Benham and Reeves: House prices along cycle superhighways 80% higher than average

Jessica Bird

May 28, 2020

cycle superhighways

House prices along London’s cycle superhighways are 80% higher than average, according to research by independent letting and sales agency Benham and Reeves.

Benham and Reeves analysed the average house price in outcodes straddling each of London’s cycle superhighways and how they compare to London as a whole, as well as the wider boroughs bordering these greener transport routes in and out of the city.

On average, house prices along all seven cycle superhighways averaged £874,578, 80% higher than the current London average of £485,794.

The largest cycle property price premium is found along CS3, between Tower Hill and Lancaster Gate; the average house price in outcodes straddling this route currently sits at £1.2m, 149% more than the London average.

This is also higher than the average house price in three of the four boroughs the route runs through.

The cost of buying along CS5, Oval to Pimlico (£1,018,929) comes in at marginally more than CS8, Wandsworth to Westminster (£1,017,777).

Both are home to average house prices 110% more than the London average.

At £877,258, the CS6 stretch from King’s Cross to Elephant and Castle is the next most expensive cycle superhighway, at 81% more than the London average.

CS7, Merton to the City, has an average property price of £695,652 along the route, 43% more than the London average, while CS2, Stratford to Aldgate, provides the best homebuyer value, although this is still 22% higher than the London average at £591,080.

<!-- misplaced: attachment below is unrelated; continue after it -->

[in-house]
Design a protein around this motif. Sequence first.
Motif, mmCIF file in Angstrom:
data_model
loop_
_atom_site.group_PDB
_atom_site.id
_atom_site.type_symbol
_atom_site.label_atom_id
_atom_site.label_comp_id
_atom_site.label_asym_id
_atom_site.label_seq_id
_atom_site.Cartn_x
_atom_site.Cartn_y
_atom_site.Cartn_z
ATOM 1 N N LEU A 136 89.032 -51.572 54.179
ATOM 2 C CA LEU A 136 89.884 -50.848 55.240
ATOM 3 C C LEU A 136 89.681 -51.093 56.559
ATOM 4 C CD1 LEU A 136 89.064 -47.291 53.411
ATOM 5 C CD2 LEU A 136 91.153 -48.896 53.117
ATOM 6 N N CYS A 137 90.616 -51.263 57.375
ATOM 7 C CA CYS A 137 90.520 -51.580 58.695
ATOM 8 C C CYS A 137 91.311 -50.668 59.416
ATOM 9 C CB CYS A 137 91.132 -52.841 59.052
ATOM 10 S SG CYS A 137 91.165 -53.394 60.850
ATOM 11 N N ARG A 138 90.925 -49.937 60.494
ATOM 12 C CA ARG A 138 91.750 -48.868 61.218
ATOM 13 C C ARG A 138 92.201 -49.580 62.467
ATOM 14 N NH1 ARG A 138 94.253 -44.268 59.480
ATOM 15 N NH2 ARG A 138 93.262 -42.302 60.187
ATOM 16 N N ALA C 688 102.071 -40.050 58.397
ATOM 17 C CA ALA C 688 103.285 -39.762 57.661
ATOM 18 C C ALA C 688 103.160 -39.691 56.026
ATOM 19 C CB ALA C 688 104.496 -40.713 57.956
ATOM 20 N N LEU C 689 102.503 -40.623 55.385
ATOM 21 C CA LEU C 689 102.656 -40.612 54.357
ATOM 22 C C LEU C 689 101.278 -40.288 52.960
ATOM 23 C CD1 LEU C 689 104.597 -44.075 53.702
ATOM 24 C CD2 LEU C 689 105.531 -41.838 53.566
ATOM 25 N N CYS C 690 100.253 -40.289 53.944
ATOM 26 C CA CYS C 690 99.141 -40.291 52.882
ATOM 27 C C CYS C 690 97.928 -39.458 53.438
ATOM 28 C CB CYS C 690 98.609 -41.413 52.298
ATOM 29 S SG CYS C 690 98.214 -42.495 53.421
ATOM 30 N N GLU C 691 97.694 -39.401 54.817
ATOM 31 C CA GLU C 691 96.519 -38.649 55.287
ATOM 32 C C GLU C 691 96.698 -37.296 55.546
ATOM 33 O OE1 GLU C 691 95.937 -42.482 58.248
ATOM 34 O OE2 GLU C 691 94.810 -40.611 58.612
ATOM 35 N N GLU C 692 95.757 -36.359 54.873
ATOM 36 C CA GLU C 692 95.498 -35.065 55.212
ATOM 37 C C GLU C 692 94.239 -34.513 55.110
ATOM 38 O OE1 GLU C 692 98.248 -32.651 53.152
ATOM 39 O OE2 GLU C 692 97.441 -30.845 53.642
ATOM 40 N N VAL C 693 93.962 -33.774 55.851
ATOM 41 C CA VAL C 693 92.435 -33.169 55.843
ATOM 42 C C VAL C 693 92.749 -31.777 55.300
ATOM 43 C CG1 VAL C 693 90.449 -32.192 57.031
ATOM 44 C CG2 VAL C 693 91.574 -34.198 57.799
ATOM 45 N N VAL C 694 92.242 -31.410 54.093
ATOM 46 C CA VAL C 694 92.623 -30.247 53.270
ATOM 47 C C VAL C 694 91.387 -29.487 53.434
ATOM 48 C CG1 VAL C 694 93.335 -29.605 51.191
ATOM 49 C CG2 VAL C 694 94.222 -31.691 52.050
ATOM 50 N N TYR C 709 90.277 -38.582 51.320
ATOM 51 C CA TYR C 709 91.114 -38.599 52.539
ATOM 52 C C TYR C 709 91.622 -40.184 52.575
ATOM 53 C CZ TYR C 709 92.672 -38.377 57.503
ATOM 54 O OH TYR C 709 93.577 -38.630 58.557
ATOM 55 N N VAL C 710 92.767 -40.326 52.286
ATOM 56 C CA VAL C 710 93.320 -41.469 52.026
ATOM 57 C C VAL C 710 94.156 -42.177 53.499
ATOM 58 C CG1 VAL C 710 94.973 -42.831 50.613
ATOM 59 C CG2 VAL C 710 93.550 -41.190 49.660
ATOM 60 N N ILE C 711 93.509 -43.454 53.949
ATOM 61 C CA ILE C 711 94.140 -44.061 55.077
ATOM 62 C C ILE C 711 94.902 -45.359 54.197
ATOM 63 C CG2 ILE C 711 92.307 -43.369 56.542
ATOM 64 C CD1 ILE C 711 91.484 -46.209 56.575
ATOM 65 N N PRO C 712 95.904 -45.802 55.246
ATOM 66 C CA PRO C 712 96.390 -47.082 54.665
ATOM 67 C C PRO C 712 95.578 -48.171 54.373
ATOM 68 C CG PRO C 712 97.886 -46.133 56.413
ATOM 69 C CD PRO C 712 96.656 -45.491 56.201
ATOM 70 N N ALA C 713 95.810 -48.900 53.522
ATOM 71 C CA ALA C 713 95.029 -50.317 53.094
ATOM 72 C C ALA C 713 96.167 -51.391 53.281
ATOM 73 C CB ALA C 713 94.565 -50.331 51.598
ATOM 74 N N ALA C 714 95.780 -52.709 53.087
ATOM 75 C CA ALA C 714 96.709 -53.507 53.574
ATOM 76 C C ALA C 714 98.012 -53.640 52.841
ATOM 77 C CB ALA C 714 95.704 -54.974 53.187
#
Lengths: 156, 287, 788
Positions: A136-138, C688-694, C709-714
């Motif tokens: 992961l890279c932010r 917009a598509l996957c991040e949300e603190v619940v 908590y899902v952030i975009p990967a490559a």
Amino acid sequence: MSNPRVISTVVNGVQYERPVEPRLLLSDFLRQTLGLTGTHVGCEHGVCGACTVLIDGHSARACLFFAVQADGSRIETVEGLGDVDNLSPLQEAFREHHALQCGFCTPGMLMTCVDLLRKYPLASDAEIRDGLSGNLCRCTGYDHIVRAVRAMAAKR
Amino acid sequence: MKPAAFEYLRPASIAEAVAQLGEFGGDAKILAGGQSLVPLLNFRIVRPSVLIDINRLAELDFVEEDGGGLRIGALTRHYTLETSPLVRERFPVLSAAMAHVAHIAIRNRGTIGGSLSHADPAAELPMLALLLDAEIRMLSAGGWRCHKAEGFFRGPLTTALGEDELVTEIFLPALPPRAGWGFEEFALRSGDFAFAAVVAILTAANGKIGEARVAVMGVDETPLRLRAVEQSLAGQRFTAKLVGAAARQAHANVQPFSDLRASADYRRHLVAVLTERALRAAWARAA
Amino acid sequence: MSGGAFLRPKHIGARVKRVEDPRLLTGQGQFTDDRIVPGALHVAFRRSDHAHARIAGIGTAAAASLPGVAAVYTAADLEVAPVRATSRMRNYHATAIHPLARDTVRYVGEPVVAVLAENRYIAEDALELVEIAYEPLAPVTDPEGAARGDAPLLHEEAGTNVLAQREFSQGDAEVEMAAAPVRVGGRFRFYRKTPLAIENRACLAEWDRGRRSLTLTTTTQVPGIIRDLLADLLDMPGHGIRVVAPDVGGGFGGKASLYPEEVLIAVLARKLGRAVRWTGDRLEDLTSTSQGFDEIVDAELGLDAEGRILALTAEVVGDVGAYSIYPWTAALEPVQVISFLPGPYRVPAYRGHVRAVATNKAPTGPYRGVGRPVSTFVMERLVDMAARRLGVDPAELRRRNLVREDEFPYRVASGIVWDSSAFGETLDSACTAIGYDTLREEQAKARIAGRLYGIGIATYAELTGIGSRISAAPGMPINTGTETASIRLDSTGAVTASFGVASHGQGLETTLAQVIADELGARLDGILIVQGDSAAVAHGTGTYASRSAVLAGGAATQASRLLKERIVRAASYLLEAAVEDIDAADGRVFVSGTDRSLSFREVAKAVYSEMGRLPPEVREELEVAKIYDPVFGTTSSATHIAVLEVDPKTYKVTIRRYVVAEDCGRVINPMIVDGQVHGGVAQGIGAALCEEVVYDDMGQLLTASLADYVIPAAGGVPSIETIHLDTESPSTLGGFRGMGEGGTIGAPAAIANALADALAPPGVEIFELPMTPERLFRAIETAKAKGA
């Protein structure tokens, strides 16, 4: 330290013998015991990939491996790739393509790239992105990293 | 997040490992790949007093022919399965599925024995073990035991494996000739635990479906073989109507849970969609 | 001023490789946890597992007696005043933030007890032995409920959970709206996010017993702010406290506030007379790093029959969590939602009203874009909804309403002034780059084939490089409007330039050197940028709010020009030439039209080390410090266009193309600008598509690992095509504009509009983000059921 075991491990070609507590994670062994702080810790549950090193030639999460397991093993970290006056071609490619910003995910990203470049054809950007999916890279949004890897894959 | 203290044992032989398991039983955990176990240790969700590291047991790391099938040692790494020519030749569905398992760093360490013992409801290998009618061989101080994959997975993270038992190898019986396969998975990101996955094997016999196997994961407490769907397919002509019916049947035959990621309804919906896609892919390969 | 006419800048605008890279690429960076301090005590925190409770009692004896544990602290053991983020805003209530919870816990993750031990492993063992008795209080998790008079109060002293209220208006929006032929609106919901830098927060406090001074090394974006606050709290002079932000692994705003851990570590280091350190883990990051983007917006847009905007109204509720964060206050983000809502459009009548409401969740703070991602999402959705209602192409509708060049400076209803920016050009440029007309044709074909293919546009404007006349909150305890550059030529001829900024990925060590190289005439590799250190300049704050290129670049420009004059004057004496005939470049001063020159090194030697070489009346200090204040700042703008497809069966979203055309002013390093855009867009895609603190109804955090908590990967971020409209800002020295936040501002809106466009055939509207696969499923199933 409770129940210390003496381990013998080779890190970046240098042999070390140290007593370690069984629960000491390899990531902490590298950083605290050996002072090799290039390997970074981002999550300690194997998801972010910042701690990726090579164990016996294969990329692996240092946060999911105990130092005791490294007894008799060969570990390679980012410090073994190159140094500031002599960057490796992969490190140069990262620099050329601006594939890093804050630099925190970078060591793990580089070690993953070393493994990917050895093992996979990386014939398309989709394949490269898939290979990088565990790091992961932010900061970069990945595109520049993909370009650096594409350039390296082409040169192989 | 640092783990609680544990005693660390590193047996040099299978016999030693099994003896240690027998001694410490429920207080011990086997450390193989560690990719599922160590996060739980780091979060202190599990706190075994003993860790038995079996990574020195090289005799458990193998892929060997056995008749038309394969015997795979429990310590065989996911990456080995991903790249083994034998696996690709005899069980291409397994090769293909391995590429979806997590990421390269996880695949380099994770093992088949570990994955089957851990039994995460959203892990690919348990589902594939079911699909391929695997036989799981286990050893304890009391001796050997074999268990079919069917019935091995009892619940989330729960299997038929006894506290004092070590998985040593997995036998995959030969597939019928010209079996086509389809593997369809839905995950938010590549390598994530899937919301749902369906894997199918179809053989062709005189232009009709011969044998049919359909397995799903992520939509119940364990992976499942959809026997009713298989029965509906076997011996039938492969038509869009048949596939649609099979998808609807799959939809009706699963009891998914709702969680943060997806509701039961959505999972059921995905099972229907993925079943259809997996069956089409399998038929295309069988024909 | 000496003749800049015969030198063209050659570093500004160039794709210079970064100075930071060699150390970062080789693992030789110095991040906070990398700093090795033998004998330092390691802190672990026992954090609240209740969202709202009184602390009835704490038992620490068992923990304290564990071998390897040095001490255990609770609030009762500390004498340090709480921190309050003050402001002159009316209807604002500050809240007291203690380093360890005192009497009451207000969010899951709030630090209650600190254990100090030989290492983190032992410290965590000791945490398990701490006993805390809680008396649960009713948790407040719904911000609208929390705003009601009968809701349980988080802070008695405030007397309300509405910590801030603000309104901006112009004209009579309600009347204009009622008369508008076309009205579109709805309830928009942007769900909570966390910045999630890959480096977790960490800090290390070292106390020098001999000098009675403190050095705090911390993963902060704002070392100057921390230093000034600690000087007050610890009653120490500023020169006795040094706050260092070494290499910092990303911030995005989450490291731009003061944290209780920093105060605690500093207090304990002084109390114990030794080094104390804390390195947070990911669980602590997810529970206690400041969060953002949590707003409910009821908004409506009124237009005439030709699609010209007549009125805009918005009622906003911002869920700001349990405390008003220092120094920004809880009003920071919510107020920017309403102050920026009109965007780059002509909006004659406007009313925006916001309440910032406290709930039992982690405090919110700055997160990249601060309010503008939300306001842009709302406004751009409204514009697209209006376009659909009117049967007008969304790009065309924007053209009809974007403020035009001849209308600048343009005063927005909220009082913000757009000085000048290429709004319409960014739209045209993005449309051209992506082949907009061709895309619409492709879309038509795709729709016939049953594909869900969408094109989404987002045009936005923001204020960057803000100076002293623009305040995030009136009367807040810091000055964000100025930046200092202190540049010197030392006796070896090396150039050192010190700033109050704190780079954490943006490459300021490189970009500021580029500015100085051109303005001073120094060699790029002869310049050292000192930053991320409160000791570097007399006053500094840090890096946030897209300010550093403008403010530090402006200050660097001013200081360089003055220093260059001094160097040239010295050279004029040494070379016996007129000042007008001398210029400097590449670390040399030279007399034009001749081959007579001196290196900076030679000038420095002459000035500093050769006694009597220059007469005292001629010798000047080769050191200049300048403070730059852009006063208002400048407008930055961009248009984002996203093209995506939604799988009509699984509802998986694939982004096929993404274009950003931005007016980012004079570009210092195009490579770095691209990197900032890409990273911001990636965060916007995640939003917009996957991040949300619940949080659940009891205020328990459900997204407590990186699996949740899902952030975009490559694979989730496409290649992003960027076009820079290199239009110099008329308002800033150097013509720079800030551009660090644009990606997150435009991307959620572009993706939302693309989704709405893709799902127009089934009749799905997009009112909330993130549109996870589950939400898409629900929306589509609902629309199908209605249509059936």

Marc von Grundherr, director of Benham and Reeves, said: “Although it remains the cornerstone of the property market, London is as susceptible to change as the rest of the UK sector and there’s no doubt that the current impact of COVID-19 will influence prices and transactions over the coming months.

“However, this change won’t necessarily be negative for the market as a whole.

“Traditionally, the sought after feature of a nearby tube station would have allowed sellers to command a higher price than other similar properties in the area, but while travel remains restricted and apprehensions around public transport are high, this will no longer be the case.

“With government advice to avoid public transport where necessary, we’ve already seen a 17% uplift in the number of people enquiring on homes close to cycle superhighway and as these transport routes soar in popularity, property values will continue to follow suit.

“Much like the spillover effect we’ve seen in more affordable boroughs surrounding popular locations, as well as the London commuter zone, the wider areas along these routes should also see an uplift in market health as people look for a more affordable option close to a cycle superhighway.”

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